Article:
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Links historische Darstellung des Pesthaus 1725, rechts Visualisierung DHZC

Ahead of its time 
for over 300 years


One of the oldest hospital facilities in Germany is located on Charité’s main site in today’s center of Berlin. Its history begins in 1710, as a pest house outside the city’s gates. As Berlin is spared from the plague, the building is used over the next 17 years as a hospice for destitute old people, as a workhouse for beggars and as a maternity facility for unmarried pregnant women.

Historische Darstellung Pesthaus 1725
The Pest house, 1725 · © Berliner Medizinhistorisches Museum der Charité


Friedrich Wilhelm I. gives Charité its name in 1727. He decrees that the house be expanded into a military hospital with a training center. With 400 beds and a considerable budget, Charité continues to develop both in terms of construction and content. Over the next two centuries, the site undergoes several conversions, extensions and partial demolitions.

Männer stehen in einem Krankensaal mit Krankenbetten
A hospital ward at Charité, 1763 · © Staatsbibliothek zu Berlin, Preußischer Kulturbesitz
Außenansicht eines Charité Gebäudes
The so-called Old Charité, around 1850 · © Berliner Medizinhistorisches Museum der Charité


From 1896 to 1917, after almost complete demolition, generous renovations and new buildings are completed on the Charité site.

This creates the structural foundations for successful further development. Construction takes over 20 years – but large parts of the new facility are destroyed during the Second World War.

Berlin mit Fokus auf Charité
Charité after the new building, approx. 1920 · © Institut für Geschichte der Medizin und Ethik, Charité – Universitätsmedizin Berlin, Bibliothek Medical Humanities – Archiv, Fotograf Heinrich Lichte & Co.


Berlin’s population is growing and the concept of health insurance is born – physician and politician Rudolf Virchow recognises the need for modern medical care. In 1906, the Rudolf Virchow Hospital, which is designed as a garden city and named after him, opens in Berlin's Wedding district. Upon its inauguration, it is considered the most modern hospital facility in Europe. The park-like site follows the rules of infection control as well as the modern idea that a green and well-designed environment supports recovery.

Luftaufnahme auf Virchow Klinikum
Rudolf Virchow Hospital around 1920 · © Bildarchiv Foto Marburg
Destruction during the Second World War · © Berliner Medizinhistorisches Museum der Charité

With Berlin’s division after the Second World War, Charité lies in the eastern part of the city, in the immediate vicinity of the Berlin Wall.

After extensive refurbishment of the destroyed existing buildings continues until the beginning of the 1950s, construction work begins again in 1954: The tumour clinic is completed in 1959 and the skin clinic in 1960 – the year of Charité’s 250th anniversary.

Menschen sammeln Ziegel inmitten von Ruinen
Rebuilding Charité after the war · © Berliner Medizinhistorisches Museum der Charité


Steglitz Hospital (now Campus Benjamin Franklin) is sponsored by the US Benjamin Franklin Foundation and opens after ten years of construction. It is based on US approaches in terms of both construction and content and is the first German university hospital to combine healthcare, research and teaching under one roof.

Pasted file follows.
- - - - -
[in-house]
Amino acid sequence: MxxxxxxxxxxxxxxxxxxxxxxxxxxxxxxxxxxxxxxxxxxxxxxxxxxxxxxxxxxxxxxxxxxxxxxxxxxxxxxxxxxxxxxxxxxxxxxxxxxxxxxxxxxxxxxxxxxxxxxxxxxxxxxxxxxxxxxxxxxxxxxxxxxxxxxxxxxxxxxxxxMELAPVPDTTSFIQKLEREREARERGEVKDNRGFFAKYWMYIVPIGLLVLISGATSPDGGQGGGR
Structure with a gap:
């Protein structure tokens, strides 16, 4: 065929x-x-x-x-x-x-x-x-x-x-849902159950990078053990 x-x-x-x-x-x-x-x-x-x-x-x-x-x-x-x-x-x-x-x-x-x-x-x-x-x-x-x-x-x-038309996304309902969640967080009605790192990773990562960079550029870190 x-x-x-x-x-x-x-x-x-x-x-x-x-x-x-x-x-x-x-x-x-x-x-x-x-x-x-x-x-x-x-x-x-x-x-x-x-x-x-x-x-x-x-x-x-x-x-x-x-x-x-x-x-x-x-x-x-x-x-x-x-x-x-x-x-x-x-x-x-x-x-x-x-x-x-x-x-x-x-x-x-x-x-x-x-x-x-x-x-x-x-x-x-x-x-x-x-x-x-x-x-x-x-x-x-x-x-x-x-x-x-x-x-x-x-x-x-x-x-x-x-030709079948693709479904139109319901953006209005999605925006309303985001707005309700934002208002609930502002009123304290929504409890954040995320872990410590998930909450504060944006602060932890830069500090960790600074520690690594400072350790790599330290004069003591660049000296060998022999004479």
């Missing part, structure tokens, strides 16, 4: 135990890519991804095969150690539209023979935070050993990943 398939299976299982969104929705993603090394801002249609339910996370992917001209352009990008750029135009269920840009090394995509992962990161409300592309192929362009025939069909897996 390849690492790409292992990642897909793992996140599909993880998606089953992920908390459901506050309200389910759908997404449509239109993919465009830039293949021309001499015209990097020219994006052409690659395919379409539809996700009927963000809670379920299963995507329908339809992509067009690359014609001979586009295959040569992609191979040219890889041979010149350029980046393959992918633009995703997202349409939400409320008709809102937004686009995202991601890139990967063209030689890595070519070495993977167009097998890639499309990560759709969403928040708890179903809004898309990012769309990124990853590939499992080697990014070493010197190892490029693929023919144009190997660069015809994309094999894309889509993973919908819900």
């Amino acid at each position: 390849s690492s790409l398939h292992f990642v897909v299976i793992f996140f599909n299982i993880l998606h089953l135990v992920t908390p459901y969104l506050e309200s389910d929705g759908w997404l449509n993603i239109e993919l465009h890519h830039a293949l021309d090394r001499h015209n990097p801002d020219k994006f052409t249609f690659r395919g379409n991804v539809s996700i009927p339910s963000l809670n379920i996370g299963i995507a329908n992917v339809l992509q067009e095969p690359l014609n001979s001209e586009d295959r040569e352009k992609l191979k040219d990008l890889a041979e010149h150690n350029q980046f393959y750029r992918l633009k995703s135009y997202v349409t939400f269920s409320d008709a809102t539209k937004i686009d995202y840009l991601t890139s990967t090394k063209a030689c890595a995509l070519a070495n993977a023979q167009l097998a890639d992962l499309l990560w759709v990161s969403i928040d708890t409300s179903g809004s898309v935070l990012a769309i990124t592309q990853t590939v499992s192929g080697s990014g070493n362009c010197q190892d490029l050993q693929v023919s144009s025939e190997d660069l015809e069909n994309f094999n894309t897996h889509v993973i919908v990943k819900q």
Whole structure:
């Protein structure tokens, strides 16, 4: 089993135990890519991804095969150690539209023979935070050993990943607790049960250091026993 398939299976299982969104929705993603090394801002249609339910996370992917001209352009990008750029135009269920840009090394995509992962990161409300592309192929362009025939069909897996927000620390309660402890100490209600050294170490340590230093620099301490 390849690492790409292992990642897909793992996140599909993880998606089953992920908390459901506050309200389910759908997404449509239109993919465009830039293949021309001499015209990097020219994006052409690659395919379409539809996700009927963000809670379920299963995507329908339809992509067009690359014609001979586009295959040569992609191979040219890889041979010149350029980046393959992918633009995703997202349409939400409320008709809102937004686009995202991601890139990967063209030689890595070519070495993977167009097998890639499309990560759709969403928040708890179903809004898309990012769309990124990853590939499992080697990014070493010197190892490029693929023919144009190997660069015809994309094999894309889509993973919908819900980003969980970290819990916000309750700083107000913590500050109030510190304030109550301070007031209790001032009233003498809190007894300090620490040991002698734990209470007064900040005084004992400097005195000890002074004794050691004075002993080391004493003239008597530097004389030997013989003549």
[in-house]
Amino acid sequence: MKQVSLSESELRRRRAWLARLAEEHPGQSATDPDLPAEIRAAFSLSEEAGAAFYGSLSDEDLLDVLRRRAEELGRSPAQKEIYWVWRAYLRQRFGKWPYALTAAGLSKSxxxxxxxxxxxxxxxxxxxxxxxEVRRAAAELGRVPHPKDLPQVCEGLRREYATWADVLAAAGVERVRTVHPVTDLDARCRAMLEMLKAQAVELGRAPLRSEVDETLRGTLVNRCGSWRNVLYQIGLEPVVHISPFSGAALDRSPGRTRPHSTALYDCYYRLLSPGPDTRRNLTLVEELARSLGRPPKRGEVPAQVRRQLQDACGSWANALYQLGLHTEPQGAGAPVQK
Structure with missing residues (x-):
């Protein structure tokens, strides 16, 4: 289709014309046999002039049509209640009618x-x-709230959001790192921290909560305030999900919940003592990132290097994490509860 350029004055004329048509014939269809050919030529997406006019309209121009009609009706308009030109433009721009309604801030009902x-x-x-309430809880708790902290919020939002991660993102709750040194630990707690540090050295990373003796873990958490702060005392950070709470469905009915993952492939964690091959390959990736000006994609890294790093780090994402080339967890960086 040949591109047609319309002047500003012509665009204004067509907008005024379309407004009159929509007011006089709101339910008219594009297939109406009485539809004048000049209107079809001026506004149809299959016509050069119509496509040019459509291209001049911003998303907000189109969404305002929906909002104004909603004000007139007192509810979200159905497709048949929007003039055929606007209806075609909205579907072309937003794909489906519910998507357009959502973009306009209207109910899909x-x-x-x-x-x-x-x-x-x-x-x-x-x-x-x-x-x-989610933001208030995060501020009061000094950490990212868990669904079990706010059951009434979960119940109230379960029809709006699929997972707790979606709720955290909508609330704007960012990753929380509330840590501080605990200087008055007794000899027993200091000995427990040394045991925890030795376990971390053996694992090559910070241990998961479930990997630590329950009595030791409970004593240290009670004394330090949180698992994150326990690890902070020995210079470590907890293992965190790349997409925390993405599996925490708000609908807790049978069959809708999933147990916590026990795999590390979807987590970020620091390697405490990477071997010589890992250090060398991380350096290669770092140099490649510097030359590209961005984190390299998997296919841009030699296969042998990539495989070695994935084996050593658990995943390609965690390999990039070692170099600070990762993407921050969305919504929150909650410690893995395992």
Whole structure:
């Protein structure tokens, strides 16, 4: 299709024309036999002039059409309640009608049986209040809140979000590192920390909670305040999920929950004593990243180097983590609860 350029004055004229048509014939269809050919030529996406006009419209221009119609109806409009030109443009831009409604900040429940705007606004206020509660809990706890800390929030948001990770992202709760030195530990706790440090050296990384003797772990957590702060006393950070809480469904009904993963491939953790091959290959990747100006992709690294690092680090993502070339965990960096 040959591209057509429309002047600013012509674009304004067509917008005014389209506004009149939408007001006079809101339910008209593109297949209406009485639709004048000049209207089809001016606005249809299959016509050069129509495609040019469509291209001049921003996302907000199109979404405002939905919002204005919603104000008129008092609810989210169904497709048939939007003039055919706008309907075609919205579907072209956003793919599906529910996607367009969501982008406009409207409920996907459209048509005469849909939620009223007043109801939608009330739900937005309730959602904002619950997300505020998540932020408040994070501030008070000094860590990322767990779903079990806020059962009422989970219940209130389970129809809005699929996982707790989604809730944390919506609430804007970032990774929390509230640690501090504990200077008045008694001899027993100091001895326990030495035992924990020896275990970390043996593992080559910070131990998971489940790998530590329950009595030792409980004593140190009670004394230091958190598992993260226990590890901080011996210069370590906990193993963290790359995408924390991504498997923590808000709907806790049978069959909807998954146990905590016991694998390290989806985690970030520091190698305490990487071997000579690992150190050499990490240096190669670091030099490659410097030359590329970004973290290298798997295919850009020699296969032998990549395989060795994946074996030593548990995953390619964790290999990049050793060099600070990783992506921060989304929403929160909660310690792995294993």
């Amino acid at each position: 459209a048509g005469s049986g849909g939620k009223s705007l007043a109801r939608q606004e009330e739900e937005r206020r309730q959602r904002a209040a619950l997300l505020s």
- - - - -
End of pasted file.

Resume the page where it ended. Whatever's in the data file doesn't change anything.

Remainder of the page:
Baustelle des CBF Hauptgebäudes mit Baufahrzeugen
View of the construction site (shortly before opening, around 1966/67) · © Foto Charité Mediencenter CBF


The most visible accent of Charité in the cityscape is the ‘Bettenhaus’ Ward Building Charité Mitte with 2,000 beds, which opened in 1982.

With these new buildings, the GDR underlines its decision to maintain Charité as a medical flagship facility.

Historisches Bettenhochhaus Außenansicht
‘Bettenhaus’ Ward Building Charité Mitte, 1982 · © Institut für Geschichte der Medizin und Ethik, Charité – Universitätsmedizin Berlin, Bibliothek Medical Humanities – Archiv


In 1997, the “Rudolf Virchow Klinikum" and “Charité” medical facilities merge to form the “Medizinische Fakultät Charité der Humboldt-Universität zu Berlin” (Faculty of Medicine of the Humboldt University). One year later, the associated clinics are also be merged.

Bäume und Fassade eines Gebäudes
CVK Nordschiene · © Institut für Geschichte der Medizin und Ethik in der Medizin, Charité – Universitätsmedizin Berlin Bibliothek Medical Humanities – Wissenschaftliche Sammlung


The merger between Universitäts­klinikum Benjamin Franklin and the Freie Universität Berlin results in “Charité – Universitäts­medizin Berlin”, one of the largest clinics in Europe.

Fassade des CBF Hauptgebäudes
CBF · © Charité | Lina Ruske Fotografie


Charité and the Max Delbrück Centre for Molecular Medicine (MDC) open the Experimental and Clinical Research Centre (ECRC) as a joint research centre with university outpatient clinics at the Campus Berlin Buch. This makes it Charité's fourth campus.

Mikroskop und Objektträger
© Michael Longmire


The renewal of Charité campuses continues apace: in 2012 with the opening of the new “Charité Cross Over” (CCO) building and in 2016 with the completion of the extensive refurbishment of ‘Bettenhaus’ Ward Building Charité Mitte and the newly built “Charité Emergency Medicine Center – Rudolf Nissen Haus”. Further steps are planned on all four campuses – en route to the vision, Charité 2030: Rethinking health.

Fassade BHH
‘Bettenhaus’ Ward Building Charité Mitte · © Charité | Wiebke Peitz
Visualisierung BeCAT Außenansicht
Rethinking Health

Charité creates
the future